Beyond that, I think asking to provide meals and also groceries is a little much. Especially anything like what you mentioned that is considered a luxury not a necessity. I would think whatever allowance they are receiving should provide for their needs. If a member wants to do a little extra (which we've done before), it's because they want to do it - and it's their idea. I wouldn't like it if I was being asked to sign up to bring groceries, that would bother me too.
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  #64  
Old 03-02-2012, 11:32 AM
amy_ks amy_ks is offline
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I think members just need to be educated sometimes. Missionaries pay a certain amount (let's say 450.00) into the church mission fund. That goes into a fund where it is distributed by the right amount by country. A South American mission does not cost 450 a month. A Utah mission (with rent, utilities, transportation and food) I'm sure costs at least that much. The costs of the mission are taken out of that (rent, transporation, etc) and the missionaries are given a token sum for their personal expenses.

I was on mission right after they changed the system. It used to be if you got called to France you would have to come up with an exorbitant amount each month, while if you were called to South American it was really, really cheap. So they came up with a system so that everyone pays the same but it doesn't mean the missionary actually gets that amount in their hands.

We were given money for our carte d'orange (public tranporation) and for groceries/laundry/etc. We didn't eat well at all.

It sounds like you are in a wonderful ward that really gets how hard these missionaries work and how hard it is. I guarantee that most wards aren't like this and your ward is probably used as a reward for hard working missionaries. Good for your ward!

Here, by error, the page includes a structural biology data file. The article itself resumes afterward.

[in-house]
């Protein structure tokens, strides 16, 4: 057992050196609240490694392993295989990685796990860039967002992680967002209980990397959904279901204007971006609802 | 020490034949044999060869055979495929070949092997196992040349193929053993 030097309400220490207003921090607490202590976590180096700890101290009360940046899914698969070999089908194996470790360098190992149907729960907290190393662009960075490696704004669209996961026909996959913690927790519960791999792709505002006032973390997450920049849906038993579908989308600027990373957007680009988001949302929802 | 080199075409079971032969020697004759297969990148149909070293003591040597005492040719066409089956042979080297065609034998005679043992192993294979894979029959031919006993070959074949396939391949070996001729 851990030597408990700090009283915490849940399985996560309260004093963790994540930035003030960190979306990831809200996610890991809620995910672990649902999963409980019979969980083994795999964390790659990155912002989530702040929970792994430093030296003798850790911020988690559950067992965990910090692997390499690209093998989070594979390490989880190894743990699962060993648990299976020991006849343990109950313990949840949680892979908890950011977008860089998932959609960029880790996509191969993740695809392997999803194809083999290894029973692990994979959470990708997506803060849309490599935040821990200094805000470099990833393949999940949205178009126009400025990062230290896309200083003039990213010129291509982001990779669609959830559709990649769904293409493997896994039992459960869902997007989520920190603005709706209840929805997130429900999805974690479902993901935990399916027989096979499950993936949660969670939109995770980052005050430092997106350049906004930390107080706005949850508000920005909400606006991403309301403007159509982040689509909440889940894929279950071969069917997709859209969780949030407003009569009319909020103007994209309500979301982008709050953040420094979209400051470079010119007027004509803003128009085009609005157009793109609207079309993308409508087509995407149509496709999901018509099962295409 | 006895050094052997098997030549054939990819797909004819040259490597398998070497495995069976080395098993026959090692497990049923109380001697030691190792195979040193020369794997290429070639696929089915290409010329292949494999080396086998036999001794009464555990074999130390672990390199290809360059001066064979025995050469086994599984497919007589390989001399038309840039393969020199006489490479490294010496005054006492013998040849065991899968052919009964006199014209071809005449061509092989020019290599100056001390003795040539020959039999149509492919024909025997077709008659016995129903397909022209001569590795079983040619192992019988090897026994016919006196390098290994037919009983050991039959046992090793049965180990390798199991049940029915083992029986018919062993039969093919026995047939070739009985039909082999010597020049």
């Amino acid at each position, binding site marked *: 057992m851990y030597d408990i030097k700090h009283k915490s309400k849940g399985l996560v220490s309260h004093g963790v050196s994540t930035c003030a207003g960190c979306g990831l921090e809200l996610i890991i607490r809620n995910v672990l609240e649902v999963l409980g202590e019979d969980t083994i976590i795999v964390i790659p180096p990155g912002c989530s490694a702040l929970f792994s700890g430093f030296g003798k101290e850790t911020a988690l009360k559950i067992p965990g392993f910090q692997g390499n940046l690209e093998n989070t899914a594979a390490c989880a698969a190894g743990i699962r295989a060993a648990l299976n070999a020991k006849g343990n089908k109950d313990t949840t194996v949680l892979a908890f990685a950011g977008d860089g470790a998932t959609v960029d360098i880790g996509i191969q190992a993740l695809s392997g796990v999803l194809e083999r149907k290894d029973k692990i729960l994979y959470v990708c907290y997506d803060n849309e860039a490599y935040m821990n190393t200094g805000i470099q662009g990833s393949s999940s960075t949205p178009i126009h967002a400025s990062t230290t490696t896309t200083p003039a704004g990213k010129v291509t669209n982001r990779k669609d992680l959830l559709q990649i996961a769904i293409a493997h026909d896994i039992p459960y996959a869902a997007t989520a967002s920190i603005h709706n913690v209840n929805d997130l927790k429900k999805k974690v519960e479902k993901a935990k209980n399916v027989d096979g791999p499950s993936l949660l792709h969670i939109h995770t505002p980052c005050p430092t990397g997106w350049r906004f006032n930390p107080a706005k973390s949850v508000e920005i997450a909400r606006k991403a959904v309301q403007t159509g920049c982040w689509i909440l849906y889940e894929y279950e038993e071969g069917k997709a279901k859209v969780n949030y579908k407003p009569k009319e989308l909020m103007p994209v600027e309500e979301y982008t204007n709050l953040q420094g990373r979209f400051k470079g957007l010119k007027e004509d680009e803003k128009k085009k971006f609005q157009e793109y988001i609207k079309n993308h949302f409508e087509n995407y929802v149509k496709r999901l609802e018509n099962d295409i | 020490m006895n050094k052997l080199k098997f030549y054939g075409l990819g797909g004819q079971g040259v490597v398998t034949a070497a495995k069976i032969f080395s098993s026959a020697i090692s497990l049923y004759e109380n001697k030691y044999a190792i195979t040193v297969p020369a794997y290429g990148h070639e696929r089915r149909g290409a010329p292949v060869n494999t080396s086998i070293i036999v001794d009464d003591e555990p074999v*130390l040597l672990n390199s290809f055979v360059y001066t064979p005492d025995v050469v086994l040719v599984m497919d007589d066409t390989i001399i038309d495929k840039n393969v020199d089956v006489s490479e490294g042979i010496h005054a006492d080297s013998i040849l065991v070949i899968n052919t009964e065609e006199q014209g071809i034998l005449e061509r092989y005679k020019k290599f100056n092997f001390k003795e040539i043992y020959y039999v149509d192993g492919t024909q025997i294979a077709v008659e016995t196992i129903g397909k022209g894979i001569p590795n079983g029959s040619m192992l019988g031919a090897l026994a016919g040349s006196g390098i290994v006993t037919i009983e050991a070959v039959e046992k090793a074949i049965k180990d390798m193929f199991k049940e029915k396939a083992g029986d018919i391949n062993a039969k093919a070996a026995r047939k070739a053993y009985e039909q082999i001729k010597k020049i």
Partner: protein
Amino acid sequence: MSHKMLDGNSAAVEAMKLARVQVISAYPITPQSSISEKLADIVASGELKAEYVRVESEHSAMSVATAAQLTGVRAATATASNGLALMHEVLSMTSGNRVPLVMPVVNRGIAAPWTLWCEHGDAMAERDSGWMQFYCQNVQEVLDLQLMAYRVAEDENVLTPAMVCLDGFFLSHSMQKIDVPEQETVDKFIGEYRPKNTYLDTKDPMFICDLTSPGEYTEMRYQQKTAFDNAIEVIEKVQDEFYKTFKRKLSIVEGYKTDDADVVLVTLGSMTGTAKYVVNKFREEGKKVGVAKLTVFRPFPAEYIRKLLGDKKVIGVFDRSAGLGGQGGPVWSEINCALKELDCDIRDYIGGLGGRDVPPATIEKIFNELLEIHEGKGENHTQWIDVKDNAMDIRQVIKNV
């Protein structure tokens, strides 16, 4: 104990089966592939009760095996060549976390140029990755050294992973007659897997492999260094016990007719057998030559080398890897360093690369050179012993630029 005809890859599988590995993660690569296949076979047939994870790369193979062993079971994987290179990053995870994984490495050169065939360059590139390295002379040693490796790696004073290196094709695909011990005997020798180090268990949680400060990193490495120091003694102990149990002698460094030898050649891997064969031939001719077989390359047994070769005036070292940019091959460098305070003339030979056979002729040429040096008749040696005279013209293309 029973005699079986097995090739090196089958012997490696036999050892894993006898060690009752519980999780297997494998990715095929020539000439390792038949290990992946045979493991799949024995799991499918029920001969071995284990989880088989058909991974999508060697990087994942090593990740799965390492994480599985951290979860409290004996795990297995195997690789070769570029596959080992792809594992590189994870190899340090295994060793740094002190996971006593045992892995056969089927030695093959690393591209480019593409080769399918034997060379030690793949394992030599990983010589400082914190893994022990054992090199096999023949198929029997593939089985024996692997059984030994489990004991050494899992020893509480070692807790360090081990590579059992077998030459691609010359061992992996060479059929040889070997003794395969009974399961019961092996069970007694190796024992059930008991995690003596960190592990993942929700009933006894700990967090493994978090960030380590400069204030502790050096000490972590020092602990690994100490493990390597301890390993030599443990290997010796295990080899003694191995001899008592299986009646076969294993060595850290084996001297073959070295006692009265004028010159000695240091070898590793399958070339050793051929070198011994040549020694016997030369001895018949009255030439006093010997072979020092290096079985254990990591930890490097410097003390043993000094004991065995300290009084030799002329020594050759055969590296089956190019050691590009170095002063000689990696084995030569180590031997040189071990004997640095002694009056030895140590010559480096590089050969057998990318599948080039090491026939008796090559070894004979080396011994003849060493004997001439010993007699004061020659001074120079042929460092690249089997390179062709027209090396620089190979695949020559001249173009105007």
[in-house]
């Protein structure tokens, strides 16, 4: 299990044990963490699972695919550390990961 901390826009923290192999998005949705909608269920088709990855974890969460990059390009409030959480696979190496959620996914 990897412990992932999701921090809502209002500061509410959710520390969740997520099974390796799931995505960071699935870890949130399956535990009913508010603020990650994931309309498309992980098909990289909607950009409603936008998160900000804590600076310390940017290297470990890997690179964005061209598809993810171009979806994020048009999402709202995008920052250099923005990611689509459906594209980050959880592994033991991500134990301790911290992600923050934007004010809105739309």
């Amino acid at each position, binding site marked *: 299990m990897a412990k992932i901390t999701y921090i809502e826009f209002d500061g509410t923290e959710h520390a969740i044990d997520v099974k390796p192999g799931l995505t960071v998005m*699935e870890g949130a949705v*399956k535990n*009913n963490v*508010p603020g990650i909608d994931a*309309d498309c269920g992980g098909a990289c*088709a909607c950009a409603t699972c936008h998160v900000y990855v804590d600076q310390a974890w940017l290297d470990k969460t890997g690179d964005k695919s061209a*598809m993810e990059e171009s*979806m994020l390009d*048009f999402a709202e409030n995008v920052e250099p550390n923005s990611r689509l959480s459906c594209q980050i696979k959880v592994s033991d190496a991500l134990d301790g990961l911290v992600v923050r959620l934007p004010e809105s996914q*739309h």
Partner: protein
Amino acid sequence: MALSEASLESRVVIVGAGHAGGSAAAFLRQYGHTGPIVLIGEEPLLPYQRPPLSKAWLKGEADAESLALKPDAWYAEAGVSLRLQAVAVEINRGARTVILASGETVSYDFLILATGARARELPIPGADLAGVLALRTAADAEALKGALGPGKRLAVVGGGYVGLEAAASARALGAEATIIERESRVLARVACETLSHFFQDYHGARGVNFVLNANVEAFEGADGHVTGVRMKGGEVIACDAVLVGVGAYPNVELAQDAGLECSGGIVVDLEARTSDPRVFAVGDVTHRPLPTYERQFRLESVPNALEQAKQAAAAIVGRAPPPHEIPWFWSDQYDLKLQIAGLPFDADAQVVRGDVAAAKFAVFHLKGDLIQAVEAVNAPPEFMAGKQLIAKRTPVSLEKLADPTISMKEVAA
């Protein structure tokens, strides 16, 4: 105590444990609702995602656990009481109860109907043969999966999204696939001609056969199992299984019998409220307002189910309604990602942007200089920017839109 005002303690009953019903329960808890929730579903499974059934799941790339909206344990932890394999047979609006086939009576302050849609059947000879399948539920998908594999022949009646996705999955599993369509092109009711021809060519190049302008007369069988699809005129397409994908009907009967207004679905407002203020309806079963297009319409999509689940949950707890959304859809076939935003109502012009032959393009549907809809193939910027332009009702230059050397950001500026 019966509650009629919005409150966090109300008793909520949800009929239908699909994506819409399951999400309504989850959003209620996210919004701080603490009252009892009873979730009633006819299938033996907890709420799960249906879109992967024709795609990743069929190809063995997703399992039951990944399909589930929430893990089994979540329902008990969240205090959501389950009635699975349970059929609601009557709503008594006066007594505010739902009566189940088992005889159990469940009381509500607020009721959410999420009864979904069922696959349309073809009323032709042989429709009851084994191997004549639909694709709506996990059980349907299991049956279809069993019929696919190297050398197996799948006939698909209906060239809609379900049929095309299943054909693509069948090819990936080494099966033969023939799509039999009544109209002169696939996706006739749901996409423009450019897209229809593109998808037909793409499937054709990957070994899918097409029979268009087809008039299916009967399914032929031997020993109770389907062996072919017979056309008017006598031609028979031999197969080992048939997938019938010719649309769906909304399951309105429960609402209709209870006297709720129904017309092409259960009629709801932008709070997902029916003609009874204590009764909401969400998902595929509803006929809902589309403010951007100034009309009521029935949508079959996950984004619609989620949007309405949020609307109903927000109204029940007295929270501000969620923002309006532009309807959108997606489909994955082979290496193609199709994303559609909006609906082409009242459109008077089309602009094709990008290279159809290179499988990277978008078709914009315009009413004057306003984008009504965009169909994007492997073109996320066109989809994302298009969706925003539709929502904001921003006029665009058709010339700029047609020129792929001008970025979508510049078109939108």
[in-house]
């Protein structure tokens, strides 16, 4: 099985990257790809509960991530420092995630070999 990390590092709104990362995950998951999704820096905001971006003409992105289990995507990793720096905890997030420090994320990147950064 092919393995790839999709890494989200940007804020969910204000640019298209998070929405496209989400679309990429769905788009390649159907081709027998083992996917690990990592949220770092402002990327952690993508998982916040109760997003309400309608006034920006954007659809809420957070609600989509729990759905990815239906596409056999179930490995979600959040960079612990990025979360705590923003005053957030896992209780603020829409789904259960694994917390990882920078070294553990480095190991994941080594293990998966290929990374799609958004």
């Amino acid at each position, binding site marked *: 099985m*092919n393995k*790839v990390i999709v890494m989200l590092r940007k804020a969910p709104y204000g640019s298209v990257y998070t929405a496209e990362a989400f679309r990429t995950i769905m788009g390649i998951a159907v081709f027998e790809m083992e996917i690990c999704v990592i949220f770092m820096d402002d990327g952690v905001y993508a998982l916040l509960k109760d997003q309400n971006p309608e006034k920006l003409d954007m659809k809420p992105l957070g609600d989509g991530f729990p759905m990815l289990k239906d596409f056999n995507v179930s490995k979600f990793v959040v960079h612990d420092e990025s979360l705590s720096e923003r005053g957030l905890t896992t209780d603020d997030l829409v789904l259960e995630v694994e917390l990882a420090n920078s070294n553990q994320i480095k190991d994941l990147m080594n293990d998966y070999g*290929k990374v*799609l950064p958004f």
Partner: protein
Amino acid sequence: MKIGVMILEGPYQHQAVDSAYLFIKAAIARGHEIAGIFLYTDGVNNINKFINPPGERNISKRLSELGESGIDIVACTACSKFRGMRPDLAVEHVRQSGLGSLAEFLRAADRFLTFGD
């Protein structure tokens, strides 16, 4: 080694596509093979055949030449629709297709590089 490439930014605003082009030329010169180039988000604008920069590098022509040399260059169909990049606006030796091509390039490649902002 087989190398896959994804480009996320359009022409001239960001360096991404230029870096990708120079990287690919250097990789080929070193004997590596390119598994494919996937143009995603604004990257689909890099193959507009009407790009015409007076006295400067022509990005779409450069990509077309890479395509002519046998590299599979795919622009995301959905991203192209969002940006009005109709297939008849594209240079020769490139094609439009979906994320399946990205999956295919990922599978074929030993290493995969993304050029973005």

So sign-up, don't sign-up, feed the missionaries, don't feed the missionaries, judge these young adults that are doing something really, really hard, don't judge them. Whatever you decide, I hope you all have a nice day!
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  #65  
Old 03-02-2012, 11:51 AM
hut hut is offline
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I talked to hubs yesterday. He has decided that he'll call ward members instead of passing around a sign up sheet so that more people have the opportunity to feed the missionaries. For those who have another conflict at 5 PM, he has decided that he'll call these members first and ask them if another day during the week would work better, like a weekend.

DH talked to the Bishop. He said that in the past, those who weren't able to feed the missionaries in the home, would just deliver dinner to the missionaries at their residence.
Update:

DH has told me that he notices that the best way to ask members to feed the missionaries is to call/talk to the wives. He says it's the most effective way for him so far.
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  #66  
Old 06-26-2012, 11:32 AM
Maryluvs2scrap Maryluvs2scrap is offline
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Originally Posted by lorrijoy4 View Post
Both of my boys just recently served missions. One to Argentina and the other Spanish speaking in Arizona. There were many times when they were short on money. They aren't given very much each month. Both of them at different times ended up short at the end of the month. They would joke that it gave them a good chance to fast.

My son in Arizona would ask when he emailed if I was helping out our local missionaries. He had one family where it was a single mother home and they didnt' have much, but she always bought them milk. She said that if she provided the missionaries with a gallon of milk each week, it made all the difference in the blessings she received. He told us to give the missionaries fresh fruits and vegetables as you couldn't afford those type of things on the amount of money they had. Neither of my sons felt entitled. My one son ended up giving his extra pair of Sunday shoes to a guy they were teaching because he didn't have any to wear to church and he was embarrased. I figured it out by something he wrote. He told me he could make his one pair work for one more year. He would get up a hour earlier than they were suppose to just so they could go over and sit and talk with an investigator who was trying to give up smoking. They man finally gave them his last pack and quit because of their support.

My son from Argentina used his money periodically to purchase materials for teaching because it was hard to get the stuff they needed because of how far out they were. He was robbed at knife point more than several times. Took cold bucket showers in the dead of winter because the hot water heater didnt' work. Walked to church in water up to their knees because of a flash storms. Had to reactivate the bishop of the new ward he was sent to.